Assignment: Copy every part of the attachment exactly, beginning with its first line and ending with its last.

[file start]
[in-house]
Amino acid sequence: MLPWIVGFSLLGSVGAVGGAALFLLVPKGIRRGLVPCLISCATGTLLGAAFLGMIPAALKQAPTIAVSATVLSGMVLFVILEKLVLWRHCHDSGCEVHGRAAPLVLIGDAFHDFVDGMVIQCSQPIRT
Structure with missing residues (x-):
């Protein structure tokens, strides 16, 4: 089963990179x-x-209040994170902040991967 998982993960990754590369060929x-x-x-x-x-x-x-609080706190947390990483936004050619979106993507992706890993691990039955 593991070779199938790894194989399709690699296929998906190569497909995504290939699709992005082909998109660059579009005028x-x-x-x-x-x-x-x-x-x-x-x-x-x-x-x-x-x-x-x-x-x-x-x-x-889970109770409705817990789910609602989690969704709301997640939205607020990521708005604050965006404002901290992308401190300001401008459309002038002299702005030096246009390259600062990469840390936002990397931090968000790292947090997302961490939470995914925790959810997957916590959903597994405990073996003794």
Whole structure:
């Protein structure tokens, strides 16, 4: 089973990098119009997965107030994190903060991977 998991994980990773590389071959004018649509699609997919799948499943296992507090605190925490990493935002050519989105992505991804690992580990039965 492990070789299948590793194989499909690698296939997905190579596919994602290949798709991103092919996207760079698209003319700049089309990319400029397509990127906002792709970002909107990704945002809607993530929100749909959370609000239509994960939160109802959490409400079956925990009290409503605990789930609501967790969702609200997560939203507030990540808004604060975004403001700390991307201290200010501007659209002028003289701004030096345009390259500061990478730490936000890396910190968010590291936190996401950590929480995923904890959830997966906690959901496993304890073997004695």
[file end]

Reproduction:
[in-house]
Amino acid sequence: MLPWIVGFSLLGSVGAVGGAALFLLVPKGIRRGLVPCLISCATGTLLGAAFLGMIPAALKQAPTIAVSATVLSGMVLFVILEKLVLWRHCHDSGCEVHGRAAPLVLIGDAFHDFVDGMVIQCSQPIRT
Structure with missing residues (x-):
């Protein structure tokens, strides 16, 4: 089963990179x-x-209040994170902040991967 998982993960990754590369060929x-x-x-x-x-x-x-609080706190947390990483936004050619979106993507992706890993691990039955 593991070779199938790894194989399709690699296929998906190569497909995504290939699709992005082909998109660059579009005028x-x-x-x-x-x-x-x-x-x-x-x-x-x-x-x-x-x-x-x-x-x-x-x-x-889970109770409705817990789910609602989690969704709301997640939205607020990521708005604050965006404002901290992308401190300001401008459309002038002299702005030096246009390259600062990469840390936002990397931090968000790292947090997302961490939470995914925790959810997957916590959903597994405990073996003794």
Whole structure:
């Protein structure tokens, strides 16, 4: 089973990098119009997965107030994190903060991977 998991994980990773590389071959004018649509699609997919799948499943296992507090605190925490990493935002050519989105992505991804690992580990039965 492990070789299948590793194989499909690698296939997905190579596919994602290949798709991103092919996207760079698209003319700049089309990319400029397509990127906002792709970002909107990704945002809607993530929100749909959370609000239509994960939160109802959490409400079956925990009290409503605990789930609501967790969702609200997560939203507030990540808004604060975004403001700390991307201290200010501007659209002028003289701004030096345009390259500061990478730490936000890396910190968010590291936190996401950590929480995923904890959830997966906690959901496993304890073997004695």